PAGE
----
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administration adoption ally annexation Appa Sahib Article Azeem-ood-dowlah Banka Baee Berar Bhonsla family Bombay Britain British Government Calcutta Carnatic Papers cession claim Colaba Council Court of Directors Dalhousie's declared descendants Despatches dignity Ditto doubt East India Company English established estates European fact favour feudatory French Governor Governor-General grant heir hereditary right Hindoo law Holkar Honourable housie Hyderabad Imperial investiture jaghire Janojee Bhonsla Jhansi lakhs late Rajah letter Lord Clive Lord Dalhousie Lord Harris Lord Wellesley Madras Mahomed Mahomedan Mahratta ment military Minute moral musnud Mysore Nabob Nagpore native Princes Nawab never Nizam official opinion Oude Peishwa perpetual political position possession Prince Azeem Jah principles provinces Punjaub Ranees rank rebellion recognised reign revenue Rughojee ruler rupees Sattara secured Sir Charles Wood Sovereign sovereignty succession successor supremacy territory tion Tippoo treaty of 1801 treaty of Paris Wallajah family Wellesley's widow
Page 7 - To the immense majority of men, even in civilized countries, speculative philosophy has ever been, and must ever remain, a terra incognita. Yet it is not the less true, that all the epoch-forming revolutions of the Christian world, the revolutions of religion and with them the civil, social, and domestic habits of the nations concerned, have coincided with the rise and fall of metaphysical systems...
Page 345 - ... differences arising whatever adjustment of them the Company's Government, weighing matters in the scale of truth and justice, may determine shall meet with full approbation and acquiescence.
Page 319 - No native of the said territories, nor any natural born subject of His Majesty resident therein, shall, by reason only of his religion, place of birth, descent, colour or any of them, be disabled from holding any place or employment under the said Company".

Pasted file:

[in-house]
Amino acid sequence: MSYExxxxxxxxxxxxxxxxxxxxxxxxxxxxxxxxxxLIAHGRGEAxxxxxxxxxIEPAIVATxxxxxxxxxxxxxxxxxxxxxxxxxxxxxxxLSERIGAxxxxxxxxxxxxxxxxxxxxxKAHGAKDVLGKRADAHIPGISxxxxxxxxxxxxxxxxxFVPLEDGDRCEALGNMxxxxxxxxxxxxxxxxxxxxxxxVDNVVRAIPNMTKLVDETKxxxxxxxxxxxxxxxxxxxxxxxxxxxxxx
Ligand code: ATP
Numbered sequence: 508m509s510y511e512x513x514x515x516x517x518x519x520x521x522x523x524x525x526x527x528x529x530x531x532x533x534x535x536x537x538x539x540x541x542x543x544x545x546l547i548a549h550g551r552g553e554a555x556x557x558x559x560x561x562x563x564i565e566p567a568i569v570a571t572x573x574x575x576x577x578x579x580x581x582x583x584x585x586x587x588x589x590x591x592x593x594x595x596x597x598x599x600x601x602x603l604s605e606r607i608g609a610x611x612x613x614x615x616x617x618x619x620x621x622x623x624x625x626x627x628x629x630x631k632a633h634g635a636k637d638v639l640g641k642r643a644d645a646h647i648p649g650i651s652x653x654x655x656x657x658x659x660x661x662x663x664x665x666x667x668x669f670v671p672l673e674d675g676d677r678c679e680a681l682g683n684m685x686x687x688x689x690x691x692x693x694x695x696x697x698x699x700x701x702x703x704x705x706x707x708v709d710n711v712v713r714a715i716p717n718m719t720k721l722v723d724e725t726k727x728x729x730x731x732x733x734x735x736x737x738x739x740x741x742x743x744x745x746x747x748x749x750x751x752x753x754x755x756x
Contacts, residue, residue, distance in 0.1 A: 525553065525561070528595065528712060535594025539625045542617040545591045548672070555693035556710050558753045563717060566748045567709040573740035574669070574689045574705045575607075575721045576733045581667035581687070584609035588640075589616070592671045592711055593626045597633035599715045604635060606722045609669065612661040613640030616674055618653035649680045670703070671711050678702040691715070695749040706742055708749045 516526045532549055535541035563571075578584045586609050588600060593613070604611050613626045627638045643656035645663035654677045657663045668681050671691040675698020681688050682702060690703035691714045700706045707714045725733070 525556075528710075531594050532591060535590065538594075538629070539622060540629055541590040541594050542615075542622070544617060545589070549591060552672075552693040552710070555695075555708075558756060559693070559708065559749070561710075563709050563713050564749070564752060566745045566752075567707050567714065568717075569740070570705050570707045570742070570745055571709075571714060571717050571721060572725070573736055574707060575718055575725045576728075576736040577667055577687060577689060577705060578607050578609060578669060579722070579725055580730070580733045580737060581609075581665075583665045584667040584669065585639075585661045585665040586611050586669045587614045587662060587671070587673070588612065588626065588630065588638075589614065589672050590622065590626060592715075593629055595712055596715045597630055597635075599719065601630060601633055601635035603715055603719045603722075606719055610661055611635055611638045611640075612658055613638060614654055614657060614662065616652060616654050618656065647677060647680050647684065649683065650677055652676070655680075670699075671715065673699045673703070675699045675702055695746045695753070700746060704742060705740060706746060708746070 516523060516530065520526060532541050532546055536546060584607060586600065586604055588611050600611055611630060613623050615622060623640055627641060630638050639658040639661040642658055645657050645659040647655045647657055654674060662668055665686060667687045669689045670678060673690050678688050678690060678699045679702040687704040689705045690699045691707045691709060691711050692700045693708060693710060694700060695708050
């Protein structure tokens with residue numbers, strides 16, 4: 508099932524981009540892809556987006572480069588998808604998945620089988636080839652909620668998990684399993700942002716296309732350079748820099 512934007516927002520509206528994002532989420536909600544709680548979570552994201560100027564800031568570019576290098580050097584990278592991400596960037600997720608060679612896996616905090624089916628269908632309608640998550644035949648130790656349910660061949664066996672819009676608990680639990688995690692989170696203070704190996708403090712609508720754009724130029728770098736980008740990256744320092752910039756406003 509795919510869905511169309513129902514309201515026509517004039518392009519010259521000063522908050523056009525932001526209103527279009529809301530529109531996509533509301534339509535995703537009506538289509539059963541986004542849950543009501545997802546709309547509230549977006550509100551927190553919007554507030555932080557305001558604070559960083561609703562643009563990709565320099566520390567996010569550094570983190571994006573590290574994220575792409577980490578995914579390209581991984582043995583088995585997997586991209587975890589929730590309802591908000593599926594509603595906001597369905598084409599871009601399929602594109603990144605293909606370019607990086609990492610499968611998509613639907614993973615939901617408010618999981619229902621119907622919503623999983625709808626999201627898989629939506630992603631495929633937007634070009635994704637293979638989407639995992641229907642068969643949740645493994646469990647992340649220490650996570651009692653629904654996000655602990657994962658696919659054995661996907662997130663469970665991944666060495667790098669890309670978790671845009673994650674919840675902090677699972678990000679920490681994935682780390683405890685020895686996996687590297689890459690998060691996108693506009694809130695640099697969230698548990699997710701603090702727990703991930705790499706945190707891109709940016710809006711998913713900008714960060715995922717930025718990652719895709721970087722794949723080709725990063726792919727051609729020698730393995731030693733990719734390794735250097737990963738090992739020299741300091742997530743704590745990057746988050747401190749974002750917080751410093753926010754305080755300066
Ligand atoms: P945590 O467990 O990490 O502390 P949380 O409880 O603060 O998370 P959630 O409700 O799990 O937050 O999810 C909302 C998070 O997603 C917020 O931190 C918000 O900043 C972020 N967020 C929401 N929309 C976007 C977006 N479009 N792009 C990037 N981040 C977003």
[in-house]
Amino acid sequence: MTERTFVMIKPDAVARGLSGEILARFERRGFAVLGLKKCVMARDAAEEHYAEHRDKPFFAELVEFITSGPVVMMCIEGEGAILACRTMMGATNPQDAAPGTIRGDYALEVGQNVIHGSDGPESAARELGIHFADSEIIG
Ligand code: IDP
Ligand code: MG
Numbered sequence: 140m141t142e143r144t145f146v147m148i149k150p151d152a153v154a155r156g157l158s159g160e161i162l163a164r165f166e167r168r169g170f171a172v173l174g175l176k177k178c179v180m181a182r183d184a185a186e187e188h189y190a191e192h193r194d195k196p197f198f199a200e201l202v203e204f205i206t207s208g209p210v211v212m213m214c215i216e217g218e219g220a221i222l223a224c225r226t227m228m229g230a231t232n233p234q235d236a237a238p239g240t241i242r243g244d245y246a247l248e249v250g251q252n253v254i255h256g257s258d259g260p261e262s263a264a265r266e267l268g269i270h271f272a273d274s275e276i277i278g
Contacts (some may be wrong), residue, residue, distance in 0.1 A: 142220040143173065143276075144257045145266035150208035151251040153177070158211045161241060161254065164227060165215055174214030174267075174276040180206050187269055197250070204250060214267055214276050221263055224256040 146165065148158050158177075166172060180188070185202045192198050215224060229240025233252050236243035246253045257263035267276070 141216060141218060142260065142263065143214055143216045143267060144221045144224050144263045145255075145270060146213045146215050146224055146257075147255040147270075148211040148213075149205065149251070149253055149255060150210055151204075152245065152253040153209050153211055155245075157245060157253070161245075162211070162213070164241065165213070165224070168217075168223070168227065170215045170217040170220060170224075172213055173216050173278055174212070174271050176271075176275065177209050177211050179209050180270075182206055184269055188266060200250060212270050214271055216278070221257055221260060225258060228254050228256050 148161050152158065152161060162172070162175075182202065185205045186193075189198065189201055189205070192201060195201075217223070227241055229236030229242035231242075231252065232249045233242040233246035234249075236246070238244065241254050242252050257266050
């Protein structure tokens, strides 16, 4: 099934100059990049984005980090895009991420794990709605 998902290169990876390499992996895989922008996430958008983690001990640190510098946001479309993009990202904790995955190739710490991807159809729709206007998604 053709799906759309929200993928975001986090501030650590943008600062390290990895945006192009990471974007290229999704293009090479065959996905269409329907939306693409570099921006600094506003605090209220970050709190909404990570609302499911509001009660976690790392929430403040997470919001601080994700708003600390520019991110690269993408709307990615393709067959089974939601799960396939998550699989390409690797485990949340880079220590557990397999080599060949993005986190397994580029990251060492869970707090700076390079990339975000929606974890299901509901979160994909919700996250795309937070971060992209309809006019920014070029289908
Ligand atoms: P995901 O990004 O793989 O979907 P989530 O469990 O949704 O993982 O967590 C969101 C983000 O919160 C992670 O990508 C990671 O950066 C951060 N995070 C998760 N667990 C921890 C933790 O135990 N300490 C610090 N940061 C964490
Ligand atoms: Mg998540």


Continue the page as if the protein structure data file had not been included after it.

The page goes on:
Page 51 - And so we bid you heartily farewell. Given at our Court at St. James's the 15th day of May 1843, in the sixth year of our reign.
Page 64 - When the GovernorGeneral, and all his superiors, and all his subordinates, in the government of India, were languishing and panting for the possession of the Carnatic, but afraid, without some more plausible reason than they yet possessed, to commence the seizure, here it was provided for them in extraordinary perfection.
Page 385 - Be assured that nothing shall disturb the engagement thus made to you, so long as your House is loyal to the Crown and faithful to the conditions of the Treaties, grants or engagements which record its obligations to the British Government.
Page 114 - As the treaty by which the Masnad of the Carnatic was conferred on his Highness's predecessor was exclusively a personal one ; as the Nawab had left no male heir ; and as both he and his family had disreputably abused the dignity of their position, and the large share of public revenue which had been allotted to them ; the Court of Directors has been advised to place the title of Nawab in abeyance, granting fitting pensions to the several members of the Carnatic family.